When we started to hit the wall in the year 2000 or 2001, financially, we began to realize that we had to work with these developers, and that we had to present the case to them that said, "if we put a road in this location or if we allow you to have driveways at this location, it's going to have huge economic benefits to you." We don't have the resources anymore to invest in that. The old days of building an interchange so that somebody could open up a whole new area for development, they're gone. So we got smarter at working with the private sector and saying, "OK, you need to come up with some of this funding."
It's no different for instance than when a developer might come in, and often times they'll put $40 or $50 million into clearing up hazardous waste sites because once they clean it up, it can provide a huge return on investment for them. So this whole concept of working closely with the private developer is an emerging trend that a handful of states around the country are starting to figure out. And then as you flex it down to the more micro-scale level, it's something that PPS does with the few developers that see the light on this around the country, where they realize that it's in their best interest to have vibrant places and better streets, or better transit stations or better bus stops, because it can foster what we call "economic gardening." And so, yeah, one of the sources of money now is to work closely with the private sector so that we can tap some of the equity involved with placemaking and with street improvements.
Steve Davies: Both the bike/ped movement and the farmer's market, local food movement, are spearheaded by "local zealous nuts," as we like to call them: people that are really good, hard-working local advocates. Most markets today wouldn't start up without these local people that are really behind them.
I know that there's unfortunately very little funding for markets these days of any kind. So people sort of cobble together whatever money and resources they can, and start them on a shoestring. I see funding decreasing, and it looks like more and more, communities are going to have to rely on themselves rather than state or federal grants.
Gary Toth: Fortunately, a lot of the street improvements that will be needed in order to foster biking and walking are lighter, quicker, cheaper. They're less expensive than building some of these new freeways; to build twenty miles of a freeway is going to cost a billion dollars. A lot of complete streets improvements can be done with paint. We chose Long Beach as the site for Pro Walk/Pro Bike 2012 because they made some meaningful improvements to bicycle and pedestrian activities for a relatively low cost. It's amazing how inexpensive it is.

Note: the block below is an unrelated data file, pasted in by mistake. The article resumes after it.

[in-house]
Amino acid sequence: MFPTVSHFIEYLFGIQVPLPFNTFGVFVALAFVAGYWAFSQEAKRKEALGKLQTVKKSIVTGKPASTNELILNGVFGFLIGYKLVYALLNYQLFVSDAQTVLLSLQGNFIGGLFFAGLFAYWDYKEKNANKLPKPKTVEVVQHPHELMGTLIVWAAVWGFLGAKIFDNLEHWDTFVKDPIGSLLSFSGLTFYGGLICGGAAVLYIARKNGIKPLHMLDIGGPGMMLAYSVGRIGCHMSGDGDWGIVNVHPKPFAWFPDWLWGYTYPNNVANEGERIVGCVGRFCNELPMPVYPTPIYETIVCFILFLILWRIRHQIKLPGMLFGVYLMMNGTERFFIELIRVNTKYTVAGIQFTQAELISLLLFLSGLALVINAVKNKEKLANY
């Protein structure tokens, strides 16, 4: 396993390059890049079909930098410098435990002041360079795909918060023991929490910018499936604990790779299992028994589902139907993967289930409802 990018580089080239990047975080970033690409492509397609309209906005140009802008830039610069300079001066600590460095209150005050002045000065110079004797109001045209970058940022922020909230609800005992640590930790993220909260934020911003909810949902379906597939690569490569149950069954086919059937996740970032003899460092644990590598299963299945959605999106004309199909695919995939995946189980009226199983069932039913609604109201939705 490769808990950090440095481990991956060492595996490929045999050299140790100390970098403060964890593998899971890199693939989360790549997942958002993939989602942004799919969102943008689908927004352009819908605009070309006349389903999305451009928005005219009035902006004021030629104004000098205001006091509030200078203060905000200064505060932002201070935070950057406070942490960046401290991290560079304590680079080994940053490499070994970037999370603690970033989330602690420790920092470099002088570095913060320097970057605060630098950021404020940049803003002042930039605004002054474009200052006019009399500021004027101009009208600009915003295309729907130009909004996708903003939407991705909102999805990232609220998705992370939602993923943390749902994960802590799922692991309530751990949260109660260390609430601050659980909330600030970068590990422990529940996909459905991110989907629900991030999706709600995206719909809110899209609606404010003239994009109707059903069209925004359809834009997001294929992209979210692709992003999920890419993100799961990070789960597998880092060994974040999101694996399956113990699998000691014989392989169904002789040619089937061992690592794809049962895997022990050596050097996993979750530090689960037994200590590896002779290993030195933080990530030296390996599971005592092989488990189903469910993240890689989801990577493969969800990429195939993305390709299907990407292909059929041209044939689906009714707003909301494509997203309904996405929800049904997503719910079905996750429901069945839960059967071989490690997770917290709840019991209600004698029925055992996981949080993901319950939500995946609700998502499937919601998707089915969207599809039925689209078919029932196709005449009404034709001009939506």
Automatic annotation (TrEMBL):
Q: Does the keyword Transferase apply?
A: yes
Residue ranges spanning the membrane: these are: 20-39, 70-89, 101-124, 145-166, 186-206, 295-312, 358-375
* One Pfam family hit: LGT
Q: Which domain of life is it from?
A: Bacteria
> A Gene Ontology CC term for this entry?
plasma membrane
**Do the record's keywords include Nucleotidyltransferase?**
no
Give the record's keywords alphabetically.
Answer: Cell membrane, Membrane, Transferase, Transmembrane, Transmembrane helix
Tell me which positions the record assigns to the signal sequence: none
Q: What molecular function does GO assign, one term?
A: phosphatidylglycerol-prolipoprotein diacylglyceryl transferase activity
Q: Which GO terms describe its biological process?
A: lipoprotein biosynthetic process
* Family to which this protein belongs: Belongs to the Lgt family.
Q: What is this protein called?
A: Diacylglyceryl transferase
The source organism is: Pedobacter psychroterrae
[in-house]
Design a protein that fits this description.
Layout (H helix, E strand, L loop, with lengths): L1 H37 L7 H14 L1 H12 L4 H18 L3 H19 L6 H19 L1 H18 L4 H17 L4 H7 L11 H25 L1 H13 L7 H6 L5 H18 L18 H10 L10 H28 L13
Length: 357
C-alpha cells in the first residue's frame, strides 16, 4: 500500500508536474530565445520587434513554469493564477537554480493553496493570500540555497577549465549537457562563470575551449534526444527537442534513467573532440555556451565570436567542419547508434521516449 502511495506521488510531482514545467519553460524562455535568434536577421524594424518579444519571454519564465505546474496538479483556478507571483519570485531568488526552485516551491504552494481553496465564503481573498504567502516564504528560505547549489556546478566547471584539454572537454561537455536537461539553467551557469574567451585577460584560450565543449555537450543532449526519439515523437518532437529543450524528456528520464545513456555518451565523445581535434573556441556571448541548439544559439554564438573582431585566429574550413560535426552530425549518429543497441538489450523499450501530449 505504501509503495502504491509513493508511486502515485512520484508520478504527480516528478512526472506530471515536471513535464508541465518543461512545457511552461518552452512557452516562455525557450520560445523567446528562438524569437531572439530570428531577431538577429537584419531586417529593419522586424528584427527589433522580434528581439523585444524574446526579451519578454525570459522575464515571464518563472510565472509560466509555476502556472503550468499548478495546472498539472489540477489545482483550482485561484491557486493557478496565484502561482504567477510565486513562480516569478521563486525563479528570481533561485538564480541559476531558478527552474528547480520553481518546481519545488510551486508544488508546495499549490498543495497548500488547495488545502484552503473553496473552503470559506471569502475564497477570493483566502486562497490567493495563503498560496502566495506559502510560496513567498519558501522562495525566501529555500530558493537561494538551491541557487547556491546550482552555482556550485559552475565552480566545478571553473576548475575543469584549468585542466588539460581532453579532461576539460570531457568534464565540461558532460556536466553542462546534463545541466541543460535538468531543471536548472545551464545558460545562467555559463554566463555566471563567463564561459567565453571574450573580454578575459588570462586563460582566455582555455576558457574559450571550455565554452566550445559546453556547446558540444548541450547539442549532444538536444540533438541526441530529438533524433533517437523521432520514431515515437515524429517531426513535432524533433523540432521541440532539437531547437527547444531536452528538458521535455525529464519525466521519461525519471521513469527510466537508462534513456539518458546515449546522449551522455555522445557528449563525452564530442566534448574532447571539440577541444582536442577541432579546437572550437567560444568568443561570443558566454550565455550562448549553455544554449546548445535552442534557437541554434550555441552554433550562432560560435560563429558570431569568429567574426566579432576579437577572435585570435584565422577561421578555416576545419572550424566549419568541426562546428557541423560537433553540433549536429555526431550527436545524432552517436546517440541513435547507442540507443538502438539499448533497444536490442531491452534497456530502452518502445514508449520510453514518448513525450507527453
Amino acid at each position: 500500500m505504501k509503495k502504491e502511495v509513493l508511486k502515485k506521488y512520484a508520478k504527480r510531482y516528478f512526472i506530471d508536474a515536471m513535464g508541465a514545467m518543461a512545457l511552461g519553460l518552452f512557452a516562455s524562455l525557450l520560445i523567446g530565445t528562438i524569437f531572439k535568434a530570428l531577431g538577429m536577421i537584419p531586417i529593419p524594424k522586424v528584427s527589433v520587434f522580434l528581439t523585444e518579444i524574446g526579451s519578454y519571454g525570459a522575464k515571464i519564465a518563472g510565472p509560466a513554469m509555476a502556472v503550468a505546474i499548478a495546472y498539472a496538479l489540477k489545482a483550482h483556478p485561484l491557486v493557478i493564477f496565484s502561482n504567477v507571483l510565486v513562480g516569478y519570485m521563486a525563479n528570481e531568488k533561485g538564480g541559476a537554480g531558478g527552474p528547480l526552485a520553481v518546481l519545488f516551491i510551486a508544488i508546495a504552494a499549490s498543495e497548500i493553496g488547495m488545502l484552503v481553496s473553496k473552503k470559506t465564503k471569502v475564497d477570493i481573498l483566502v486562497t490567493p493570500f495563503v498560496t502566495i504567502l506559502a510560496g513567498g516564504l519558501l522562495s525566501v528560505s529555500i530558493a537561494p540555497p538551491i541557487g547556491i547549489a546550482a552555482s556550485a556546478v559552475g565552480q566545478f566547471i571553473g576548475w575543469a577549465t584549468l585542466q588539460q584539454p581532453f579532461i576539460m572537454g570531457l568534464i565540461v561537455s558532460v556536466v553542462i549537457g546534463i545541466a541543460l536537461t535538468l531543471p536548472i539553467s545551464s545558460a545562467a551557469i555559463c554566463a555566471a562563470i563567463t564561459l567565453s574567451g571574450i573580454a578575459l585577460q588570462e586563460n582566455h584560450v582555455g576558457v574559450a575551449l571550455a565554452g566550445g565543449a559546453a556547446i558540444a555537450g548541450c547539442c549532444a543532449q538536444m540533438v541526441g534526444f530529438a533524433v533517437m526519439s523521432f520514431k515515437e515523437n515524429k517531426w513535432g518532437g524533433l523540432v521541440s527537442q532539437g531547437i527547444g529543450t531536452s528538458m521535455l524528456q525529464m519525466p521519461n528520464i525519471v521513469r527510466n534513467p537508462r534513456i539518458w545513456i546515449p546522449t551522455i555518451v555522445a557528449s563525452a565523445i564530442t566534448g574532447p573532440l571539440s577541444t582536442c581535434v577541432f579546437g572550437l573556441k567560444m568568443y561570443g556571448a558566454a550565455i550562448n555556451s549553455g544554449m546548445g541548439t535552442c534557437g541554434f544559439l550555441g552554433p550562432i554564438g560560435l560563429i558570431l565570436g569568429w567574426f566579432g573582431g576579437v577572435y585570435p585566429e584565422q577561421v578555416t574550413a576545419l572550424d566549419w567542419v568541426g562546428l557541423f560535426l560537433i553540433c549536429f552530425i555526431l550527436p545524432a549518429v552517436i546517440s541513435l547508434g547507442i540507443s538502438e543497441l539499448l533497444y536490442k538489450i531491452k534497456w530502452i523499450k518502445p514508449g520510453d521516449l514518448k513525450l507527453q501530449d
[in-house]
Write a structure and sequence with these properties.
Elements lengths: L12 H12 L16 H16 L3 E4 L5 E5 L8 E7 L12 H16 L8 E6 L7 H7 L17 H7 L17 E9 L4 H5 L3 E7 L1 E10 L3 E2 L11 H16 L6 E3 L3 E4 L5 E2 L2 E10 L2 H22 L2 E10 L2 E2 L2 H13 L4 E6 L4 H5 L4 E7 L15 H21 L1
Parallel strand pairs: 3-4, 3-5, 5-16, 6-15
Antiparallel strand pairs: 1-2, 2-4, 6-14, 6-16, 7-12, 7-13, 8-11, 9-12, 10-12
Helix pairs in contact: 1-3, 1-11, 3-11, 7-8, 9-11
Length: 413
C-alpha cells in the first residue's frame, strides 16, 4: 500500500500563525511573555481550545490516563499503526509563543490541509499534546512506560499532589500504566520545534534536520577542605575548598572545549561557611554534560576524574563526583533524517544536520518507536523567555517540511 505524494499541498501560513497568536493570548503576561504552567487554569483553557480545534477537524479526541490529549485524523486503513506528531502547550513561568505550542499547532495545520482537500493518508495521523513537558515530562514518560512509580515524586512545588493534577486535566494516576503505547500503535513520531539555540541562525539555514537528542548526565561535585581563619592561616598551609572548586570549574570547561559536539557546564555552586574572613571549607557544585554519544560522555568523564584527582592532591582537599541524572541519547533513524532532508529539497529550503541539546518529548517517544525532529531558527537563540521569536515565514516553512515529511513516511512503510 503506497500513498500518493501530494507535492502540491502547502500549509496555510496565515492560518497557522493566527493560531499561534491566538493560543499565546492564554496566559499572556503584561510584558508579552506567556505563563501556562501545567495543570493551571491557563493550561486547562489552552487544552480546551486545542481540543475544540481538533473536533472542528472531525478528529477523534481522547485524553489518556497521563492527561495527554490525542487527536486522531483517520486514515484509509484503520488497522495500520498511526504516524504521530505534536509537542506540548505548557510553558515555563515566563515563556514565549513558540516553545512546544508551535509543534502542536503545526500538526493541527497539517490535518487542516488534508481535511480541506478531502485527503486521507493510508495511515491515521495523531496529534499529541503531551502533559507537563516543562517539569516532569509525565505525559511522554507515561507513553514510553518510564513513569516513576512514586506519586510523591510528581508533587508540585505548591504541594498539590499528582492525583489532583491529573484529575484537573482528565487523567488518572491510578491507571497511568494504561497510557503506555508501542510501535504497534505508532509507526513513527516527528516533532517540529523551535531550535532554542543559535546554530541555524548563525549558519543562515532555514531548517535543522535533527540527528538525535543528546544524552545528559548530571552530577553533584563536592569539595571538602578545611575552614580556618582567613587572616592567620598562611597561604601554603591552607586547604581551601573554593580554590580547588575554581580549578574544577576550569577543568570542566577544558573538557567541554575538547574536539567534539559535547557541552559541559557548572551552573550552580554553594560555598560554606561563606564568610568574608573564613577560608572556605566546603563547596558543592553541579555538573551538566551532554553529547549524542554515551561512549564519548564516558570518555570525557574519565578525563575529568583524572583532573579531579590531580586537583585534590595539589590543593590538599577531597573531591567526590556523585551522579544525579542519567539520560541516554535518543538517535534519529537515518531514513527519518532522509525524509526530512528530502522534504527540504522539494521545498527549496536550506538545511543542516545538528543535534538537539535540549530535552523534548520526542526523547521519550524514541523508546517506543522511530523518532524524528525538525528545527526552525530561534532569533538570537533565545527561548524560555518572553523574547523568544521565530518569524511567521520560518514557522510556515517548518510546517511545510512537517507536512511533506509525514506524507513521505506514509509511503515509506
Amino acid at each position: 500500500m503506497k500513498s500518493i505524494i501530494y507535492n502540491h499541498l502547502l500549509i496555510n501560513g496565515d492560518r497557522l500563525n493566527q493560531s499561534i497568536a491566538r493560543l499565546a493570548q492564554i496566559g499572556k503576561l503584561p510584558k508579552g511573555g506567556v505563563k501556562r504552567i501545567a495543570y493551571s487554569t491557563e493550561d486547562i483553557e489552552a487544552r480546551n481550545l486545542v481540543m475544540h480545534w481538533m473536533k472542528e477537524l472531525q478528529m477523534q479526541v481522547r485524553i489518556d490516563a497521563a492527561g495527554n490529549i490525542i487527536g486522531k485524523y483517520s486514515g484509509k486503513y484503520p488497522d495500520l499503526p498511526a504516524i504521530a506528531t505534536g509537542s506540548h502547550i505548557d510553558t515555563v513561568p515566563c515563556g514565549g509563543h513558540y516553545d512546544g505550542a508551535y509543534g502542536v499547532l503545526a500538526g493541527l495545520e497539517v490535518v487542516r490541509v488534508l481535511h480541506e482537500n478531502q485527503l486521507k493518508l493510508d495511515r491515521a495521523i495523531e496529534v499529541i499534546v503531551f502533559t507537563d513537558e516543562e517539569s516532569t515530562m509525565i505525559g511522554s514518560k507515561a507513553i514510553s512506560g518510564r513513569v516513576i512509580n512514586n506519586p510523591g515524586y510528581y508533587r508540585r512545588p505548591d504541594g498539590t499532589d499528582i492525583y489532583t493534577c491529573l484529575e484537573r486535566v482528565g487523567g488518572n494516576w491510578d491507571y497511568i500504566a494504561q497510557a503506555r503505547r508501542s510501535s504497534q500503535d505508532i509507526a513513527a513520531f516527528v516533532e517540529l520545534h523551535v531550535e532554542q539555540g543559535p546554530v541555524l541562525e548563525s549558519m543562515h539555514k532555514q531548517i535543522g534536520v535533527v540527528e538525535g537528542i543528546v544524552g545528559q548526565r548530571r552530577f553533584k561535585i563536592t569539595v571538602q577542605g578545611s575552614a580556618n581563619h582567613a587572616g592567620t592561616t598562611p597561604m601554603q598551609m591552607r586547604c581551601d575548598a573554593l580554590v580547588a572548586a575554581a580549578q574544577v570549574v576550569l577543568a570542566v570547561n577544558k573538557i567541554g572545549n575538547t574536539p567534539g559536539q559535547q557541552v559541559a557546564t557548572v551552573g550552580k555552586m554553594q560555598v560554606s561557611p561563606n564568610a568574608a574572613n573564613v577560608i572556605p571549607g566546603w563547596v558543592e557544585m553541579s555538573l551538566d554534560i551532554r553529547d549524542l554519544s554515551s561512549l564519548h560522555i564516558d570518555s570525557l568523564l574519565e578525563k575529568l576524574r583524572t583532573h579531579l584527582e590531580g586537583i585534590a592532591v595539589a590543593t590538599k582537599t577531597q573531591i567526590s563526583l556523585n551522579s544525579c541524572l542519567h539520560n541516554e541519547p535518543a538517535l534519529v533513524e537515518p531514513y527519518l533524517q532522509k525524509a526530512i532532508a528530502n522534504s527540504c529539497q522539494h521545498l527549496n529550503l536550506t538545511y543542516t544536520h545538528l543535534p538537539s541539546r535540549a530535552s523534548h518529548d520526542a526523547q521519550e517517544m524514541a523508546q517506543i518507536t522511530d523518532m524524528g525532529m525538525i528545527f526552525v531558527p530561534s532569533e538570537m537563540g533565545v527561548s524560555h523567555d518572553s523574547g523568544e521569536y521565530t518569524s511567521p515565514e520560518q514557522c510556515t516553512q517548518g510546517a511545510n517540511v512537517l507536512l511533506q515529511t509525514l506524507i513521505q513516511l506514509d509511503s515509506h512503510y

In terms of other sources of funding, the health departments and the Center for Disease Control are the sources of funding for many of our recent projects. Some of the alternative transportation funding is coming in because of recognition of the connection to health. In Long Beach in September, when we do Pro Walk/Pro Bike, we're bringing in Mary Nichols from the California Air Resources Board to address one of our plenary sessions on a major new program that will use air quality funding for biking and walking infrastructure starting in 2013. So there are all sorts of creative ways that people are finding funding. People will start learning how to tap into these things as time goes on.
Steve Davies: In the market world, people are getting funding because markets bring a broad range of benefits to communities, in addition to the health point of view. They can create local jobs by opening up opportunities for people to start businesses, they link urban and rural economies, and they have a strong placemaking component, so markets can draw on those interested in a variety of outcomes.
Historically, we should remember that public health agencies in the 19th century were very much about city planning, about light and air and safe water and sewage systems; the focus of the public health movement really was on city planning. The public health profession got oriented more toward vaccinations and preventative care, but today because of the obesity epidemic and the epidemic of obesity-related diseases, they're having to re-engage with cities again. This is a big challenge for the profession, and the training of public health professionals today is very different than it was even ten years ago.
Registration is currently open for both Pro Walk/Pro Bike: Pro Place and the 8th International Markets Conference. Please note that AICP CM credits are available for PWPB:PP attendees, and that standard registration for that event ends this Friday, August 10th, at which point rates will rise.
Steve Davies is a Senior Vice President at the Project for Public Spaces, where he has worked since 1978. Steve has been instrumental in creating and shaping key programs at PPS over his tenure including PPS' public market program, transportation program and PPS' work in Eastern Europe. Steve has co-authored and written many books and articles, including Public Markets and Community Revitalization, Managing Downtown Public Spaces and The Role of Transit in Creating Livable Metropolitan Communities.
Gary Toth is the Director of Transportation Initiatives at the Project for Public Spaces, and a strong advocate for re-thinking Streets as Places. Prior to joining PPS, Gary worked within the New Jersey Department of Transportation for more than three decades, where he was one of the founders of the NJDOT's Context Sensitive Solutions (CSS) program. Gary is a sought after resource and speaker on CSS and Integrating Transportation and Land Use.